"There are little pictures in your mind, which you can't help taking, that you can never get rid of and then there are the things that you want to remember you can't.. and the things you want to forget, you can't. — Don't think there's any glory in war, because there's not. There are no winners, everybody is a looser." — Robert Kearney

We created a number of films to Commemorate the Centenary of the Great War Armistice for the Department of the Premier and Cabinet. Devised to provide a specific impact and visual narrative to the years of service and commitment by Australian men, women and families between 1914 and 1918.  

From a population of fewer than five million, 416,809 men enlisted, of whom more than 60,000 were killed and 156,000 wounded, gassed, or taken prisoner. When Britain declared war against Germany in August 1914, Australia, as a dominion of the British Empire, was automatically also at war.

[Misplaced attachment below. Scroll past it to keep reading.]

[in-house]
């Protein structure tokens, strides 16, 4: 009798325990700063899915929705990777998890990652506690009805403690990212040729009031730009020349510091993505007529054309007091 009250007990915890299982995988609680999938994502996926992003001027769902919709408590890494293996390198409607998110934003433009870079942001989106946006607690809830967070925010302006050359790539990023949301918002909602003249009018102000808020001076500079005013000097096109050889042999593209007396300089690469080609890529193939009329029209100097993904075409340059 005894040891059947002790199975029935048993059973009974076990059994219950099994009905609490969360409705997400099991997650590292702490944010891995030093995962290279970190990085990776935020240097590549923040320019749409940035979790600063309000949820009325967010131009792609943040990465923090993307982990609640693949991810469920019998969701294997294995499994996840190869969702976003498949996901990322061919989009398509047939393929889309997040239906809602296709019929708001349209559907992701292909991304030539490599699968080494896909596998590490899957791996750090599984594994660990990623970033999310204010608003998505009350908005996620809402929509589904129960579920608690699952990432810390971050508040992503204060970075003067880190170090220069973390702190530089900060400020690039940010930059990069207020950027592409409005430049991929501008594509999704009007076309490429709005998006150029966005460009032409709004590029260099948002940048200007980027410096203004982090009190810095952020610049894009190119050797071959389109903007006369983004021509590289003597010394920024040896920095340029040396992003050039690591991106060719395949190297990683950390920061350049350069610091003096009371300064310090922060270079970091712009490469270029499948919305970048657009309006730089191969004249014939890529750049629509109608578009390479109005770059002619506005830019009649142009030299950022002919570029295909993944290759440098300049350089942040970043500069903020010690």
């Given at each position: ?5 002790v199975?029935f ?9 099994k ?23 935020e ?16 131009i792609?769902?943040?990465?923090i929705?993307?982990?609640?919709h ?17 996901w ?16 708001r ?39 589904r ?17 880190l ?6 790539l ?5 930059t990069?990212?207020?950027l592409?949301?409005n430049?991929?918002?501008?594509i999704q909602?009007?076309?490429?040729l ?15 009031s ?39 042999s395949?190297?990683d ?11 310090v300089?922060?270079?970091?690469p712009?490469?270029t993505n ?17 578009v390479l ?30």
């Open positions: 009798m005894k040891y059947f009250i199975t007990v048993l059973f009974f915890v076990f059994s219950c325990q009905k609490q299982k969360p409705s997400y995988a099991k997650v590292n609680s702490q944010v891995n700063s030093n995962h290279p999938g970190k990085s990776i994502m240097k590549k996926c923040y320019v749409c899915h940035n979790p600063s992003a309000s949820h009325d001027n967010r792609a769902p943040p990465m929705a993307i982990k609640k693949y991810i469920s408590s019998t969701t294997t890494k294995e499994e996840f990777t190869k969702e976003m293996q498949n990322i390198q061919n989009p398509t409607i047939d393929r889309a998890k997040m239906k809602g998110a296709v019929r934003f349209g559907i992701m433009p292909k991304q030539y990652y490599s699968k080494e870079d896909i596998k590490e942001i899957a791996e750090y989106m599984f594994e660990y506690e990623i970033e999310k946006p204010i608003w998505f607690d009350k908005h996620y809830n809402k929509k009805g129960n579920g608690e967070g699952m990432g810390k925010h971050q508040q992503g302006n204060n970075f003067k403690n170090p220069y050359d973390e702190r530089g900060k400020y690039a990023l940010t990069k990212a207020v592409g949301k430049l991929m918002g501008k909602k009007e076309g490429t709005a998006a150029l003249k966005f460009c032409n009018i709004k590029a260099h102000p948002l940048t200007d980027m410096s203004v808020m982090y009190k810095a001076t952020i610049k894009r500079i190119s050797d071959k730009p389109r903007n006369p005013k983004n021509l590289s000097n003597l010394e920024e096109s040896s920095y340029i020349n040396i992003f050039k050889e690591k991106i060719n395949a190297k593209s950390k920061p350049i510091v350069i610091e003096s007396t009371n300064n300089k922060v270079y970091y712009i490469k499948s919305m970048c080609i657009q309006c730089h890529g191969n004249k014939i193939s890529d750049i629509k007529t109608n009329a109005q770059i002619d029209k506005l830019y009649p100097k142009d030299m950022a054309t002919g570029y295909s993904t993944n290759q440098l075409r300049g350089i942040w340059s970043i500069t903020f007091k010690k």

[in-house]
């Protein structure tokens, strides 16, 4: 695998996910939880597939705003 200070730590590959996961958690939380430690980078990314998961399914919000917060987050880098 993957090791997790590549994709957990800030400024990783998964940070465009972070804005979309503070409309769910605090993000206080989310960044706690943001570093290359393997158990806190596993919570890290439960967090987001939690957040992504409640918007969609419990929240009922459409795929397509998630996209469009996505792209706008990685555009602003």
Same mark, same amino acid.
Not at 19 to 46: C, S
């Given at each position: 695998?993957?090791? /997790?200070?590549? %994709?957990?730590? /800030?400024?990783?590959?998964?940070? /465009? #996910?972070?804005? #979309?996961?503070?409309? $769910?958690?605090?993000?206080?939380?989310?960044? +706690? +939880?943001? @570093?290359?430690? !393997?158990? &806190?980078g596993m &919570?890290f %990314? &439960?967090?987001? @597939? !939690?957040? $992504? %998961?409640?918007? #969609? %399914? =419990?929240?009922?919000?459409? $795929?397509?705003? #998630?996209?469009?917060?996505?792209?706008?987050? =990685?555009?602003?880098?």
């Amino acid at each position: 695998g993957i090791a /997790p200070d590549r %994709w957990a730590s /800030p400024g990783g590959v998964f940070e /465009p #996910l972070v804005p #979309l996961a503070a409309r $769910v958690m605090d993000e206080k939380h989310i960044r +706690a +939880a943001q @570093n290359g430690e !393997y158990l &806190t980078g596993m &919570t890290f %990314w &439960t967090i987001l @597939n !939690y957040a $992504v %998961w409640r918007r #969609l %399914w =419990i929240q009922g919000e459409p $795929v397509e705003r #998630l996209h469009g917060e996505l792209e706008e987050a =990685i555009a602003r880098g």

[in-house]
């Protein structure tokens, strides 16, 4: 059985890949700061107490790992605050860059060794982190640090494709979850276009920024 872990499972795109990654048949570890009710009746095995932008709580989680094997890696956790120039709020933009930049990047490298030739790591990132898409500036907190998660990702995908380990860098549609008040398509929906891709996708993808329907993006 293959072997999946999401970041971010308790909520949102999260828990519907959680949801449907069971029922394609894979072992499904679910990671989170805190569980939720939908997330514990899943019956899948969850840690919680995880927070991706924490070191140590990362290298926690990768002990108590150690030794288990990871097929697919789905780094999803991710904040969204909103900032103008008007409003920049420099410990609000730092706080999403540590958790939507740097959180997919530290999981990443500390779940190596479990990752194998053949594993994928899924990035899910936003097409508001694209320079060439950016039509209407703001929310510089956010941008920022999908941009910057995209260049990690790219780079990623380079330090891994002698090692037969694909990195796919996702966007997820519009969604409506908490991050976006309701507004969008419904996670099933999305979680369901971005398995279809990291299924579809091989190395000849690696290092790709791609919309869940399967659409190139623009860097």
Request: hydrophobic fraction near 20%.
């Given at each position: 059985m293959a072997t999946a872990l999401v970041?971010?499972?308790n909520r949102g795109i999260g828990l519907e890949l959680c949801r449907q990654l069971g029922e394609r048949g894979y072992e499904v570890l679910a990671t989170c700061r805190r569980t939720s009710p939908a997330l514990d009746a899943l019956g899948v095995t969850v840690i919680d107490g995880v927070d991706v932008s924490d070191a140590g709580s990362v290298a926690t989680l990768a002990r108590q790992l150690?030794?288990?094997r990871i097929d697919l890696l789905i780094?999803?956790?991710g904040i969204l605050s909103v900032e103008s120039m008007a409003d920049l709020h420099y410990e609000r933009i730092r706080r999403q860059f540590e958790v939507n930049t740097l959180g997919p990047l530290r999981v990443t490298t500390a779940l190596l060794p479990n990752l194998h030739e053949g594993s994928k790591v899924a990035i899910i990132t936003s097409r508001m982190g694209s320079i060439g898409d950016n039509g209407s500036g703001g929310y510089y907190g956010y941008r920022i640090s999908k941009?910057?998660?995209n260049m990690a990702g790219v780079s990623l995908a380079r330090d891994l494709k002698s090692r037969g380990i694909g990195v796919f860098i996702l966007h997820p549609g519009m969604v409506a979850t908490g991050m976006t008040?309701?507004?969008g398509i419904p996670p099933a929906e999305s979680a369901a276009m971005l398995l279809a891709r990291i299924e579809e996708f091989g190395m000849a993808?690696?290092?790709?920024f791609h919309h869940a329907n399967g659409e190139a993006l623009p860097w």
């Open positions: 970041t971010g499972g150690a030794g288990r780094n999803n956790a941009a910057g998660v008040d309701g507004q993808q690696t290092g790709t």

The Armistice of 11 November 1918 ended fighting on land, sea and air in World War I. The terms included the cessation of hostilities, the withdrawal of German forces to behind the Rhine, Allied occupation of the Rhineland and bridgeheads further east, the preservation of infrastructure, the surrender of aircraft, warships, and military materiel, the release of Allied prisoners of war and interned civilians, eventual reparations, no release of German prisoners and no relaxation of the naval blockade of Germany.

The effects of the war were also felt at home. Families and communities grieved for the loss of so many men, and women increasingly assumed the physical and financial burden of caring for families. When the war ended, thousands of ex–servicemen and servicewomen, many disabled with physical or emotional wounds, had to be re-integrated into a society keen to consign the war to the past and resume normal life.

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